Slow Wi-Fi is only part of the problem of working from home. Unpleasant furniture, background noise from children and pets, and security are one of the other issues that can make remote work uncomfortable.

Ergonomics is getting a lot of attention at this year’s CES, and one company has announced what is called “the world’s first office chair with both heat and massage techniques.” X-HMT chairs are not cheap. Depending on the model, it ranges from about $ 900 to $ 1,250, which may be appealing to remote workers looking for more comfort in their current office setup.

“The introduction of heat and massage was developed before COVID, but there was an explosion in this home office,” said Tony Mazlish, CEO of Future Seating, which manufactures X-HMT. “What people are trying to do is keep track of their situation. Every day, they say,” I’ve been sitting in a kitchen chair for six months, so I’m done. ” ”

Mr. Mazurish said that when he began shipping chairs in November, he expected that about 20% of chair sales would come from X-HMT. Instead, he said it was about 40%.

Comfortable seating may be one solution to the challenge of remote work, but tech companies are deploying devices aimed at solving another major problem, background noise.

Headphones, earphones, and other audio devices that block background noise are not entirely new technologies. Bose and Apple’s AirPod Pro have long offered such products. However, noise canceling technology continues to improve. Some of the latest headphones and earphones are especially for remote workers, such as the Jabra Elite 85t, the brand’s first wireless earphone with active noise canceling. The $ 229 earphone has a “6 mic” mic feature (6 embedded mics) that could appeal to remote workers. Jabra says this provides “excellent call quality” for both the user and the other party.

A clean working environment is also in the minds of remote workers, and CES has many products aimed at disinfection and purification. Among them is Targus’ UV-C LED disinfectant light, which will sell for $ 299 this spring. The device sits on a desktop keyboard and runs every hour for 5 minutes, disinfecting the keyboard and mouse with sterile UV light. (There is a motion sensor that stops the machine when sitting at the desk.)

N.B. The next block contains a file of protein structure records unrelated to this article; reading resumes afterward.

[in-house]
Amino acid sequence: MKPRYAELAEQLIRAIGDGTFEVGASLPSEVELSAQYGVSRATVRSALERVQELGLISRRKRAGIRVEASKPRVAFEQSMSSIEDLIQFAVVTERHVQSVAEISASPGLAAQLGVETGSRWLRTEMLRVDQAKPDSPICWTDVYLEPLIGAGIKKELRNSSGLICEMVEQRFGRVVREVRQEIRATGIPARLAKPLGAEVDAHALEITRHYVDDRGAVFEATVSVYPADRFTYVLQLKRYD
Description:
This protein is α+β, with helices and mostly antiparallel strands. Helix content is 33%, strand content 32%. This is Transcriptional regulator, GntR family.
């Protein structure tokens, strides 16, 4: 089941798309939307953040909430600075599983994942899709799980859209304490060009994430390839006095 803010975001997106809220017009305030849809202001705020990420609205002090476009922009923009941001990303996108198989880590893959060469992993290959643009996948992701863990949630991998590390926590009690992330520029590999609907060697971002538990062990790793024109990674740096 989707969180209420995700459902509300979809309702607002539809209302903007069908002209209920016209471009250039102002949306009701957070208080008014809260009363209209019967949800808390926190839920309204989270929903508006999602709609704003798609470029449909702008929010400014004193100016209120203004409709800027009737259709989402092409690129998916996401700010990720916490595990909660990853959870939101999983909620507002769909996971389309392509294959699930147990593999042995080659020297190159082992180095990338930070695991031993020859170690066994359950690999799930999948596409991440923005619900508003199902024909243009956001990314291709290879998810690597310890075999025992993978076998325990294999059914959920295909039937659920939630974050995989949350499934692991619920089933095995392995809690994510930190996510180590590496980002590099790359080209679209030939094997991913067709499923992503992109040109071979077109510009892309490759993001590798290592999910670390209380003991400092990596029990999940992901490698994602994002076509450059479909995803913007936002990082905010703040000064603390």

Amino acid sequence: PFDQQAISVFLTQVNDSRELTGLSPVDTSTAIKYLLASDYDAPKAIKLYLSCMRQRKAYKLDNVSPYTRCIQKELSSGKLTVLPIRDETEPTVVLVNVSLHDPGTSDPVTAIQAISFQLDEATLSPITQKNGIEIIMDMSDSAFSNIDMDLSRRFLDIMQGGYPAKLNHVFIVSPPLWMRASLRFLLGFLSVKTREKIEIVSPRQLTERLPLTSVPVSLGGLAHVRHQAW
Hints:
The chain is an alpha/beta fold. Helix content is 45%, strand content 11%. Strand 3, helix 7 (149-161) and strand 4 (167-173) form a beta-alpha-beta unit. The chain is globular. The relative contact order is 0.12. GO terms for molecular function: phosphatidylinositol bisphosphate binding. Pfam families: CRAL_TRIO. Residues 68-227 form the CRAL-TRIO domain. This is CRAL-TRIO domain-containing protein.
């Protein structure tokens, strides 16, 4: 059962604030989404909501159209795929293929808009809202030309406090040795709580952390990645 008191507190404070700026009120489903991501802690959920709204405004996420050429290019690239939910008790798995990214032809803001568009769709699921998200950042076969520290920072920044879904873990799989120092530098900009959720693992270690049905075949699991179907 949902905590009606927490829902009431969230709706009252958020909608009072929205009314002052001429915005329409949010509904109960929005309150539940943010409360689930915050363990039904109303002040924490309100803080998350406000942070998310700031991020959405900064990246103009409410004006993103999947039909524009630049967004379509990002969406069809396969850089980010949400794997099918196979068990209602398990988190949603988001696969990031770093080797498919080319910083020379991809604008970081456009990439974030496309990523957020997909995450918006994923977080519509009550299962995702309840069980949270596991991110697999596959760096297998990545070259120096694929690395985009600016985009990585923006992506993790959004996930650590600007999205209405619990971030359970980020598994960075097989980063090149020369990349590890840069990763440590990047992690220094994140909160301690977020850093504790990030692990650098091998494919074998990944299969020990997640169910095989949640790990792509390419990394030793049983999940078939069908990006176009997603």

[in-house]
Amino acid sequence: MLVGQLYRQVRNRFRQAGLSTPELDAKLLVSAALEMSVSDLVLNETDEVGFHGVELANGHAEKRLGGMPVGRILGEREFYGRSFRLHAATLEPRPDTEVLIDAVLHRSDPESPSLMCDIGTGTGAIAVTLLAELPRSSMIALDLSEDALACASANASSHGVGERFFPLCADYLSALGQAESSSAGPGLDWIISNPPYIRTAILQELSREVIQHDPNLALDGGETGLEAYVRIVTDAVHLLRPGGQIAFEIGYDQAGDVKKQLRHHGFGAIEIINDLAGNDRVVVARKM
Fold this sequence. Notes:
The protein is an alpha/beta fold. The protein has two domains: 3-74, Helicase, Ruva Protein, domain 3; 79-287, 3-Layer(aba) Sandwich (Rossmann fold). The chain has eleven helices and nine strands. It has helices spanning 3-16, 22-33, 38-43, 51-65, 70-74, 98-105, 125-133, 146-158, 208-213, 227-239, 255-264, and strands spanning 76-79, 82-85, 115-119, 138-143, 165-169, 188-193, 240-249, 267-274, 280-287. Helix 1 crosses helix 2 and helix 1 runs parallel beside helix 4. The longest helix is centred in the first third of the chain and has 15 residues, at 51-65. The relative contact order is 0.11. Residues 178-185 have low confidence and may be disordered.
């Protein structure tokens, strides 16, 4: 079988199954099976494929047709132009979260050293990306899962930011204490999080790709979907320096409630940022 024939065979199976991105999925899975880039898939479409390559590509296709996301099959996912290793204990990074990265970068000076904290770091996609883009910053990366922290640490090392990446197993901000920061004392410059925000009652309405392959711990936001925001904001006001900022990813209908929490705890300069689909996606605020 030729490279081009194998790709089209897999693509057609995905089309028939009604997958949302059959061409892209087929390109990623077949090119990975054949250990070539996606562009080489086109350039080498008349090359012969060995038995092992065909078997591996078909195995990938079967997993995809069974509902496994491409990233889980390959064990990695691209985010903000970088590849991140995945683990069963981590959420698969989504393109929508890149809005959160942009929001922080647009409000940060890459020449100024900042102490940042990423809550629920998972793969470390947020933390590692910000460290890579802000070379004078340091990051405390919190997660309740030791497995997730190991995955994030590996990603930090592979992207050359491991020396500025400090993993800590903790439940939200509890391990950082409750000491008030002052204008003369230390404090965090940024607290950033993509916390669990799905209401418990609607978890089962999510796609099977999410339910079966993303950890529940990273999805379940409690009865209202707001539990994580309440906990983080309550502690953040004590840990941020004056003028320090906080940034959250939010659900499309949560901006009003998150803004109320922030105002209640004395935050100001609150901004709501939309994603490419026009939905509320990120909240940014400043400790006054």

“PC Renaissance”

Dell, HP, and other computer makers are announcing new products at CES, selling them to remote workers who want to pick up and move while coordinating Zoom’s calling and high-speed processing requirements.

The PC market has grown exponentially as workers move to remote work. This brings new life and interest to ultra-lightweight, ultra-fast laptops and screens that can be connected to devices for crisp displays.

“PCs are in a big renaissance,” said Tikoo of Dell. “Third-quarter data shows that the industry grew at 23%, which we fully expect to continue.”

Among the new products is the HP EliteBook x360 1030 G8, an HP notebook for creative workers. It supports 5G broadband and is what HP calls the “best screen-to-body ratio” in its category. He also received the CES Innovation Award for design and engineering.

As part of that, Lenovo is debuting what is called the “thinnest ThinkPad ever.” ThinkPadX1 Titanium Yoga is 11mm thick and starts at $ 1,899. It’s also packed with speed features such as the 11th generation Intel Core processor and 5G wireless technology.

Another trend of the year: curved screens that can be connected to laptops and other devices to provide an immersive work experience. One such screen is Dell’s UltraSharp 40 Curved WUHD Monitor. It is said to be the world’s first 40-inch ultra-wide curved WUHD monitor. It will go on sale later this month and will start at around $ 2,100.

One of the companies that doesn’t participate in CES is Apple, which traditionally has its own launch event twice a year. According to trade magazine MacRumors, Cupertino, California-based tech giants may announce new versions of AirPods and iMacs sometime this spring.

The pandemic turned the job over. The remote workspace is about to be upgraded.